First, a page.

What is OKgamers.com?
OKgamers.com is Oklahoma’s free-to-use website for gamers of all types (console, arcade, handheld, PC, collectible card, tabletop, role-playing, etc) to come together, organize, find events, and meet people in their community! Utilizing a central site to draw attention to local events, players can easily keep tabs on any and all gatherings and events happening in the area through OKgamers.com forums! It’s a place to read up on local tournaments happening around you – much like the promotional events that volunteers of OKgamers.com supports and organizes around the state to get the word out amongst the local player and business communities to promote the site and let them know that we’re here, and give them a way to interact.
Looking for help hosting an event, or wanting to get the word out about your local gaming related gathering in Oklahoma? Visit the forums and start interacting with Oklahoma’s fastest growing community right now.
Why do we do this, and why should you care?
6+ years ago, gamers had no way of finding out about events other than happening upon a flier, or a friend in the know. OKgamers has been changing that since 2006.
Finding new events can lead to meeting gamers and friends in Oklahoma who share your interests. Without something like OKgamers, some gaming communities are left with quite a challenge. Thousands of gamers just like us are out there. OKgamers is the connection that can connect you to a new friend, or a community of people who think just like you, and love the things you love.
If you look across the web, it’s easy to see how small town gamers often envy larger gaming communities or even become disconnected and even resentful towards their own home town. That’s a shame. A gamer can feel pretty alone out in rural areas unless someone steps up to organize the community and give everyone a voice. That’s where OKgamers comes in. We improve our local communities through our volunteer work; we collaborate with local businesses to help them get connected with their core demographics! This stimulates local businesses, and at the same time expands OKgamers.com’s reach; we get the word out to as many gamers as possible. No gamer should be stuck feeling left out or bored when there are countless friends to be made! There are literally HUNDREDS of local events going on each year right here in your state of Oklahoma.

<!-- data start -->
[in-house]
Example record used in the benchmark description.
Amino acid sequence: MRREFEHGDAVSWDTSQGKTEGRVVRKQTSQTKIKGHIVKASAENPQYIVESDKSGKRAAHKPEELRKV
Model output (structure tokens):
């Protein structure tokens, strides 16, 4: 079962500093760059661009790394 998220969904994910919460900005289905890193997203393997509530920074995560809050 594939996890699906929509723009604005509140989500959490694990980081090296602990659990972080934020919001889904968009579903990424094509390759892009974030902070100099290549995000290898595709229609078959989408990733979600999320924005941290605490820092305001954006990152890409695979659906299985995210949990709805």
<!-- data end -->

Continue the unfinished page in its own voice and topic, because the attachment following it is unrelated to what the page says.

Life is ultimately about the people you meet, the friends you make, and the memories you collectively share. Gaming is that common thread that brings so many of us together, and can create friendships that last a lifetime. Talk with the staff – some of the most interesting people we’ve ever met came into our lives over a game casual game of Halo or traveling the nation for Soul Calibur. Want to meet people in your state that share your passion? Get on the OKgamers Facebook, and dig into the forums to see what you’ve been missing out on!
We do this because it benefits everyone in the Oklahoma area.
You should care – because you’ve been missing out. Stop that.
In the last 7 years we’ve:
- Established OKgamers.com as an official 501.c3 Non-Profit
- Organized over 100 tournaments in Oklahoma serving 1,000′s of gamers from a 5 state area
- Organized over 80 Promotional Events held across Oklahoma
- Introduced 100’s of local volunteers to the rewards of improving their community through gaming
- Brought over $100,000 in sponsorship
( $65,000 in Energy Drink sponsorships, $46,000 in traditional sponsorships )
- Not a single instance of violence reported at any OKgamers sponsored event over the course of our history of over 100 tournaments and 80 promotional events statewide
Comic books didn’t lead children down a path to evil, Elvis’s hips didn’t destroy society, television didn’t brainwash a generation, heavy metal didn’t cause the apocalypse, and there weren’t any secret cultist messages hidden on old Beatles vinyl LPs if you played them backwards. Gaming is just the latest cultural punching bag used as a scapegoat for society’s woes. OKgamers to date has never had a single instance of violence reported at our over 100 tournaments and 80 Promotional Events — not even a shoving match. Countless global statistics, national studies, & our own local experience have proven time & time again: gamers are not violent.
Charities we’ve been involved with:
- Breast Fest benefiting Susan G. Komen for the Cure
- Gamers Against Violence benefiting Empire Arcadia